I think most prospects are not in the most receptive state of mind when first encountering a salesperson (There guard is up.).
I agree completely, Seth.

If the salesperson is to have any hope of making a sale she/he will not only have to engage the prospect in meaningful dialogue...
Totally agree there, too.

...but the prospect will have to be receptive to the salesperson's ideas or suggestions.
"Receptivity" is one of the results of adequate engagement along with appropriate trust, credibility, likability, and so on, in my opinion.

In other words, the better the salesperson, the more receptive the prospect will be.

Skip - by Skip Anderson
I think most prospects are not in the most receptive state of mind when first encountering a salesperson (There (sic) guard is up.).
That is not universally true. It depends very much on the nature of our work in sales. A large part of my prospect base comes from word-of-mouth and unsolicited referrals. My selling process is also largely consultative. I would classify most of my prospects as receptive.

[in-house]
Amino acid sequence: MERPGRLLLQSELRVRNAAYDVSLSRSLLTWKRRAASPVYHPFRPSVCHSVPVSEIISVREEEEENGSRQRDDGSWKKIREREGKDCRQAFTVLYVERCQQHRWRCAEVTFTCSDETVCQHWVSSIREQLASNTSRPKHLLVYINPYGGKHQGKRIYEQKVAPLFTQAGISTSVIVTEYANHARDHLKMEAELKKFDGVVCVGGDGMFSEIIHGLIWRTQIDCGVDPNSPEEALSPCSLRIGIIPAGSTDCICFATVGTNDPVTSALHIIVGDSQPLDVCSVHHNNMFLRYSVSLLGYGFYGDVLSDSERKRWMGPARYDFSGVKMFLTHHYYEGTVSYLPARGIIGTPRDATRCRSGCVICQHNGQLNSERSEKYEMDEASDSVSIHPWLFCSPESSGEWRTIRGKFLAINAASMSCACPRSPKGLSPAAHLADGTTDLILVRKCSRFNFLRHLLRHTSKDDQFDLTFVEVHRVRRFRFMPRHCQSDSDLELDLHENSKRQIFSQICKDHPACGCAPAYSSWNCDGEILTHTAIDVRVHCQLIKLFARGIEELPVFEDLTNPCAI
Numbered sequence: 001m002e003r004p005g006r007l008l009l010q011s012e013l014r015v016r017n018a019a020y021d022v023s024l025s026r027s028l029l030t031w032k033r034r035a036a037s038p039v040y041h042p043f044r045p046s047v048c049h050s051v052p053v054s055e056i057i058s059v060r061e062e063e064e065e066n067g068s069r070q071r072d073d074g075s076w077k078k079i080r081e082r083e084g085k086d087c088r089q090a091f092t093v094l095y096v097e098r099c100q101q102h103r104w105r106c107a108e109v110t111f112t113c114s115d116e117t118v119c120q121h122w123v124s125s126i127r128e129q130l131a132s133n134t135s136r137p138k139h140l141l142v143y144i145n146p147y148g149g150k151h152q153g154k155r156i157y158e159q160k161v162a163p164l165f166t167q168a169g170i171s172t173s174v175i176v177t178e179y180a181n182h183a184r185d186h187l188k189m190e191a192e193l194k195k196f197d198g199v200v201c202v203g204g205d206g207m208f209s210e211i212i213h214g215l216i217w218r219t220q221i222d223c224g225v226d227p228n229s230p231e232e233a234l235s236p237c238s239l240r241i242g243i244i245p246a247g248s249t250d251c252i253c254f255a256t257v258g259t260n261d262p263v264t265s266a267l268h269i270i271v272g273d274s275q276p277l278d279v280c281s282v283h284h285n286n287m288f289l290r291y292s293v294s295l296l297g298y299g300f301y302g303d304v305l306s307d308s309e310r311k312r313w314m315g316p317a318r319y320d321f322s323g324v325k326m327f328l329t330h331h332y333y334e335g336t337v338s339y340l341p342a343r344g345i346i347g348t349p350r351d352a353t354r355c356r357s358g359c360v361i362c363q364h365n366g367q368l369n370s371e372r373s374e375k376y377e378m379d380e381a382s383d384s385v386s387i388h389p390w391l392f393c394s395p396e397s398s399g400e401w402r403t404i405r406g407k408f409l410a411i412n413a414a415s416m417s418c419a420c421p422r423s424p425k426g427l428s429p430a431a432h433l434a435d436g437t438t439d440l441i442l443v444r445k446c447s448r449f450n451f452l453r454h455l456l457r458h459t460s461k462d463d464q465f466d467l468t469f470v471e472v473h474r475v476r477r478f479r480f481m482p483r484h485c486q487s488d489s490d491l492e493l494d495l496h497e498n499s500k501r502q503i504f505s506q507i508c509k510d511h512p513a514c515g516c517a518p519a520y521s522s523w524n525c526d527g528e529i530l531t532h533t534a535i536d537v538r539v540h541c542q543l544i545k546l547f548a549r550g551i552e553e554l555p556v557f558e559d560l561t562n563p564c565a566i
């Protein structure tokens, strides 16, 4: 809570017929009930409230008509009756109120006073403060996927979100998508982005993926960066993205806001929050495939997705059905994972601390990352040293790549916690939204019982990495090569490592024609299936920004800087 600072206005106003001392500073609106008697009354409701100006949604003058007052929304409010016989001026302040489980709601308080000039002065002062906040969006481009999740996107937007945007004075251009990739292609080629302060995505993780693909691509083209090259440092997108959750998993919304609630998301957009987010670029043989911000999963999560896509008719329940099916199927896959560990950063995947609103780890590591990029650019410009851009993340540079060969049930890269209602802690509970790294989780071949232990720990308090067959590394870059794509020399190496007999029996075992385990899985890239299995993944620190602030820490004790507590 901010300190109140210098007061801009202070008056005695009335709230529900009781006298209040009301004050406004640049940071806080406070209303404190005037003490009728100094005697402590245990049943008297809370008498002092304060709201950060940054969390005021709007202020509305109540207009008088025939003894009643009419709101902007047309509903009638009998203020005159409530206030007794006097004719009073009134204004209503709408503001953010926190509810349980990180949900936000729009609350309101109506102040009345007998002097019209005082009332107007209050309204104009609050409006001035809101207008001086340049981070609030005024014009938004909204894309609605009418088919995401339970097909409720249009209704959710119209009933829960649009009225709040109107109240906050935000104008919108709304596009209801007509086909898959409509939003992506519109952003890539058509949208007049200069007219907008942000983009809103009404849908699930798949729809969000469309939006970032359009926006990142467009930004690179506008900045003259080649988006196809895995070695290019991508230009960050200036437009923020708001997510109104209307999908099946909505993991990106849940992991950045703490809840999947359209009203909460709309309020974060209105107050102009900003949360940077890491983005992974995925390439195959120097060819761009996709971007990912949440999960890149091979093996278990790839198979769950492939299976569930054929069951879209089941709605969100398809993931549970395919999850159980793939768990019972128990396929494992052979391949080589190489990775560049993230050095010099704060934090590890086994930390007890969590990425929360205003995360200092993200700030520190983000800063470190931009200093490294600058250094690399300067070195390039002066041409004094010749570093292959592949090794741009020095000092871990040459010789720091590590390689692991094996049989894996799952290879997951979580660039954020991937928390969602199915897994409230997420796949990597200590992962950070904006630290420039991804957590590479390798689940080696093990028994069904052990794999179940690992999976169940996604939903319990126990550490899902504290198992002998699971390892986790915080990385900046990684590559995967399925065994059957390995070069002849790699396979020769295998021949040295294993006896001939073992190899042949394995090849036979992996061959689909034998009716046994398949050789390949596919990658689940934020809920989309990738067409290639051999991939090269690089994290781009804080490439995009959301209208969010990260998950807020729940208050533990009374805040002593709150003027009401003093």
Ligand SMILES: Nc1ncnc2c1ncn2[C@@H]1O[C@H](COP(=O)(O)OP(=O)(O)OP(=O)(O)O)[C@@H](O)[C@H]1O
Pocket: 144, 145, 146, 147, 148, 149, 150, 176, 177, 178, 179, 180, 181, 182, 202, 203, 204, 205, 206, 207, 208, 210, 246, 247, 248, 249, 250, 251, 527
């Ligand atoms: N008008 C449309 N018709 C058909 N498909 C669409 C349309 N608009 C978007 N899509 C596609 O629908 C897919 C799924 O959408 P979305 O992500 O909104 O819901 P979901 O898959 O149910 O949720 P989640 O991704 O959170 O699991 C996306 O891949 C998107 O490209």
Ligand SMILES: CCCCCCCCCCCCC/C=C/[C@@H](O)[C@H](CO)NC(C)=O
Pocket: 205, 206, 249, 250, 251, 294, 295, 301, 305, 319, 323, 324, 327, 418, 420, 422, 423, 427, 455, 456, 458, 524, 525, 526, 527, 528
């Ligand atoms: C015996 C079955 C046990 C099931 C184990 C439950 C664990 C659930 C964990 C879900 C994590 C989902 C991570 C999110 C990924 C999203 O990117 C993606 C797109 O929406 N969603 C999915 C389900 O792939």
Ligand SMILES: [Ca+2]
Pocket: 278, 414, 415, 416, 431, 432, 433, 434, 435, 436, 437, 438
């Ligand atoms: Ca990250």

Much depends on the lead generation and/or source of lead. In my other company, for instance, we use a direct mail and phone follow-up system. The receptivity is naturally on a lower scale. However, we are very well represented, and Skip's words hold true when he said "...the better the salesperson, the more receptive the prospect will be." My partner is extraordinary in that regard. - by Ace Coldiron
"Receptivity" is one of the results of adequate engagement along with appropriate trust, credibility, likability, and so on, in my opinion.

In other words, the better the salesperson, the more receptive the prospect will be.
I think they key to receptivity is WANT. I could like you, trust you, respect you, etc. but if we're talking about me buying the meaningful dialogue had better be about something I WANT or I won't be receptive to your ideas or suggestions. - by Seth